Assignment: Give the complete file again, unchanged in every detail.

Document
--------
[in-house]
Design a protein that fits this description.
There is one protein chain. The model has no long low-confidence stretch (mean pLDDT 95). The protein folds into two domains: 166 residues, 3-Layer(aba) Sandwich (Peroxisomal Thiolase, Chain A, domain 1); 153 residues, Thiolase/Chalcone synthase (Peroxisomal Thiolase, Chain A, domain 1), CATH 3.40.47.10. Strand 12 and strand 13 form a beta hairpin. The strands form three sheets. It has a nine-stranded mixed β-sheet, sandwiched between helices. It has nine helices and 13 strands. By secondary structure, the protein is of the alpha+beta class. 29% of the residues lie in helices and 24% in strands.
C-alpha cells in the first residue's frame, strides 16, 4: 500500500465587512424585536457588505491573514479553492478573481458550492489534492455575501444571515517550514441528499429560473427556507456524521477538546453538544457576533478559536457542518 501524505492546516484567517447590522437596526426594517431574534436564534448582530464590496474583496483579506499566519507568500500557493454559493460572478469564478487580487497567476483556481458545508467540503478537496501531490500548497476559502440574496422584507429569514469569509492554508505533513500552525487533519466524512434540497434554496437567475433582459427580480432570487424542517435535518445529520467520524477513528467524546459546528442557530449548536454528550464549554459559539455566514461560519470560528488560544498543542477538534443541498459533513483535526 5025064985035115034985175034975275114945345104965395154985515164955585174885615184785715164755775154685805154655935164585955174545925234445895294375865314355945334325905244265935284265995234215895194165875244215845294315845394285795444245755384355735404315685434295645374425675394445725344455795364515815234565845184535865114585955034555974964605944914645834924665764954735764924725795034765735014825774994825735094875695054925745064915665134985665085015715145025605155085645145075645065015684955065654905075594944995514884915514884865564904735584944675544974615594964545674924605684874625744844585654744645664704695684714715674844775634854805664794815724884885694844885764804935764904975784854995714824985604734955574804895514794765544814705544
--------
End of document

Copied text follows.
[in-house]
Design a protein that fits this description.
There is one protein chain. The model has no long low-confidence stretch (mean pLDDT 95). The protein folds into two domains: 166 residues, 3-Layer(aba) Sandwich (Peroxisomal Thiolase, Chain A, domain 1); 153 residues, Thiolase/Chalcone synthase (Peroxisomal Thiolase, Chain A, domain 1), CATH 3.40.47.10. Strand 12 and strand 13 form a beta hairpin. The strands form three sheets. It has a nine-stranded mixed β-sheet, sandwiched between helices. It has nine helices and 13 strands. By secondary structure, the protein is of the alpha+beta class. 29% of the residues lie in helices and 24% in strands.
C-alpha cells in the first residue's frame, strides 16, 4: 500500500465587512424585536457588505491573514479553492478573481458550492489534492455575501444571515517550514441528499429560473427556507456524521477538546453538544457576533478559536457542518 501524505492546516484567517447590522437596526426594517431574534436564534448582530464590496474583496483579506499566519507568500500557493454559493460572478469564478487580487497567476483556481458545508467540503478537496501531490500548497476559502440574496422584507429569514469569509492554508505533513500552525487533519466524512434540497434554496437567475433582459427580480432570487424542517435535518445529520467520524477513528467524546459546528442557530449548536454528550464549554459559539455566514461560519470560528488560544498543542477538534443541498459533513483535526 5025064985035115034985175034975275114945345104965395154985515164955585174885615184785715164755775154685805154655935164585955174545925234445895294375865314355945334325905244265935284265995234215895194165875244215845294315845394285795444245755384355735404315685434295645374425675394445725344455795364515815234565845184535865114585955034555974964605944914645834924665764954735764924725795034765735014825774994825735094875695054925745064915665134985665085015715145025605155085645145075645065015684955065654905075594944995514884915514884865564904735584944675544974615594964545674924605684874625744844585654744645664704695684714715674844775634854805664794815724884885694844885764804935764904975784854995714824985604734955574804895514794765544814705544